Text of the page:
With all the written and oral evidence gathered in, the Select Committee has produced its report which says that better regulations are needed to protect park home residents from rogue operators. Launching the report, Clive Betts MP, chair of the Committee, said: ‘We received an exceptionally large body of evidence showing the park homes industry has been infiltrated by a rogue element and our recommendations are designed to drive these operators out of the sector.’
He said that although the Committee recognised that there are some good operators, the vast majority of the evidence received suggested that malpractice is widespread across the sector.
Complaints from residents about unfair fees, poor maintenance and site owners making it difficult for residents to sell their homes were common.
The legislation covering this sector was, according to the DCLG Select Committee, ‘more suited to the 1960s’ and it is failing to protect park home residents –most of whom are elderly – from exploitation by unscrupulous owners.
The report went on to state that the Committee found that a quarter of park home residents had experienced problems with maintenance, security or safety standards; that nearly a fifth of residents had experienced problems with the written contracts they had with their site owners; and that residents had experienced intimidation by site owners or managers at a significant number of sites in the UK.
The most widespread problems identified in the report included:
Sale blocking, where a site owner prevented a resident from selling their home on the open market by withholding ‘approval’ of the prospective buyer. A rogue site owner was then able to force vendors to sell their homes to him at a reduced price and he would either sell on the existing home, or place a brand new home on the same pitch, showing a profit in either case.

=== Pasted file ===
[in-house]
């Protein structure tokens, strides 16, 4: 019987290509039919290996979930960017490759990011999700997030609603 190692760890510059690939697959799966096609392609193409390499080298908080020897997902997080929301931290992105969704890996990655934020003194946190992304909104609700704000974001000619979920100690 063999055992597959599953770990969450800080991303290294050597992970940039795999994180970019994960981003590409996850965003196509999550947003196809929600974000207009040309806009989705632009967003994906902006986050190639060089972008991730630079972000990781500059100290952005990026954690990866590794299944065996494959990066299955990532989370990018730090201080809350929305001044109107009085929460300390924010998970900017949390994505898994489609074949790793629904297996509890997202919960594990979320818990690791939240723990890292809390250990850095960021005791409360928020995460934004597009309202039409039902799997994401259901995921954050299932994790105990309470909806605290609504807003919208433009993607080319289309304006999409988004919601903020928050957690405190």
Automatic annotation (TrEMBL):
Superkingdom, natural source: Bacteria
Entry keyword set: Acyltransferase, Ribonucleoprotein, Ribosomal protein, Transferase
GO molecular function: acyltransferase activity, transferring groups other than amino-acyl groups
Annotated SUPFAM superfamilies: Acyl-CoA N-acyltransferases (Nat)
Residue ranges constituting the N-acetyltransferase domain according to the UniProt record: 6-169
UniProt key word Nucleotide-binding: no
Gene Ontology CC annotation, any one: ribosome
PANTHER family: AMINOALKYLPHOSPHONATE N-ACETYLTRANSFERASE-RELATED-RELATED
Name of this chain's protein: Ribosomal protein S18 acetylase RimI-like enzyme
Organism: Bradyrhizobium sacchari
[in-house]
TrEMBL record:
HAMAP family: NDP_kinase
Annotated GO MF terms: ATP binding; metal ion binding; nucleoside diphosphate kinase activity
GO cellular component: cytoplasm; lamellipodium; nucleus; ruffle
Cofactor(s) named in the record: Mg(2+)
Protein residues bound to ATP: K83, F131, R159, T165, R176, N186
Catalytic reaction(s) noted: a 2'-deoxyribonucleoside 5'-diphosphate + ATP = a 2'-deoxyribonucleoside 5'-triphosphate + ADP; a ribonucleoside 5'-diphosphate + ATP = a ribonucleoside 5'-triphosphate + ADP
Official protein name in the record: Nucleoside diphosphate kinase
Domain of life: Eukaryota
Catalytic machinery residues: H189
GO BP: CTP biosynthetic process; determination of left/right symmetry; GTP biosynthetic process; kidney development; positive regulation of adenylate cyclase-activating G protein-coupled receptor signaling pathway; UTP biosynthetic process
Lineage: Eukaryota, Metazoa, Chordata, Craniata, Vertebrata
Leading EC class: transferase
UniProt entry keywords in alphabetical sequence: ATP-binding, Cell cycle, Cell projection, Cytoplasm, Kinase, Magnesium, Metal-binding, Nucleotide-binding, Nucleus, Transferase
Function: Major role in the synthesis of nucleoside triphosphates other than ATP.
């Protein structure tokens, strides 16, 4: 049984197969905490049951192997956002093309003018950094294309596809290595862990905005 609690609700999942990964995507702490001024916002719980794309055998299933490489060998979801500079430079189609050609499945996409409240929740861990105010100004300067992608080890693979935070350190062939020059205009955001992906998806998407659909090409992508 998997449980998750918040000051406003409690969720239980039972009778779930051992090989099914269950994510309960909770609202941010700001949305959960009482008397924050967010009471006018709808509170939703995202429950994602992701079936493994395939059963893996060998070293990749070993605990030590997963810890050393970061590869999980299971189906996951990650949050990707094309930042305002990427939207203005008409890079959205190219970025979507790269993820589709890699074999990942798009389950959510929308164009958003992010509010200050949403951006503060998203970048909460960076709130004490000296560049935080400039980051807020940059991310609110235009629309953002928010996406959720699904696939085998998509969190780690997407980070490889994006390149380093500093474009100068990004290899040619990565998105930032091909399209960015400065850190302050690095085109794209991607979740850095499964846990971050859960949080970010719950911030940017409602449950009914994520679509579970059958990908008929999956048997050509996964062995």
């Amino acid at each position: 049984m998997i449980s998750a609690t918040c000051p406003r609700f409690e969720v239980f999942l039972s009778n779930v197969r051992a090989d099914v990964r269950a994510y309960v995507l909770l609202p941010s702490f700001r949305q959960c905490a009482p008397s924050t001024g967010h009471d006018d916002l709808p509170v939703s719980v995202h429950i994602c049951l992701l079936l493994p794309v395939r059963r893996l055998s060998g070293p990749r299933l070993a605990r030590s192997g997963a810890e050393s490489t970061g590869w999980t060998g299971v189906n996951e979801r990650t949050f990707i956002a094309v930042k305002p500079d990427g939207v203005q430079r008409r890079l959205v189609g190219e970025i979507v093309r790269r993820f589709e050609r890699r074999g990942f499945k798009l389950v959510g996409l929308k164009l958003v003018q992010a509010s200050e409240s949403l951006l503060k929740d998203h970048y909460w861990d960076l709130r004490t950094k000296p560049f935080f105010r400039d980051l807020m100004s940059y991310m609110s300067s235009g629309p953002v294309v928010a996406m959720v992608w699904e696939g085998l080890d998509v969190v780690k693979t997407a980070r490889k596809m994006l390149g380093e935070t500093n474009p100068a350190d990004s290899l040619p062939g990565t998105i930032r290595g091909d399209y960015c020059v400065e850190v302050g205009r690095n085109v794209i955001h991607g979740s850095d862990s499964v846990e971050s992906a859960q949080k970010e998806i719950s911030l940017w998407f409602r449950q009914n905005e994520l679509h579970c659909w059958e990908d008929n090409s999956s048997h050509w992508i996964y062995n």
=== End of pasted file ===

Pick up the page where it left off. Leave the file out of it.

Harassment by site owners, which appears to be on the increase. The report stated that preliminary research findings by Consumer Focus suggested that residents on sites owned by 28 different owners had experienced intimidation by site owners/managers. The Committee had to take the exceptional step of redacting names from the published evidence. A licensing regime that is out of date which allows site owners to breach licence conditions with only a maximum fine of £2,500, a wholly inadequate deterrent.
Confusion over contractual obligations between site owners and home owners, and out of date legislation which leaves residents with little or no ability to take action if the site is not properly maintained.
Commending on these findings, Clive Betts MP added, ‘The current legislation is beyond inadequate. It fails to deter unscrupulous site owners, fails to give local authorities effective powers to improve conditions, and fails to protect residents, many of whom are retired. Rules governing this sector have evolved piecemeal, and need to be updated as soon as possible.’
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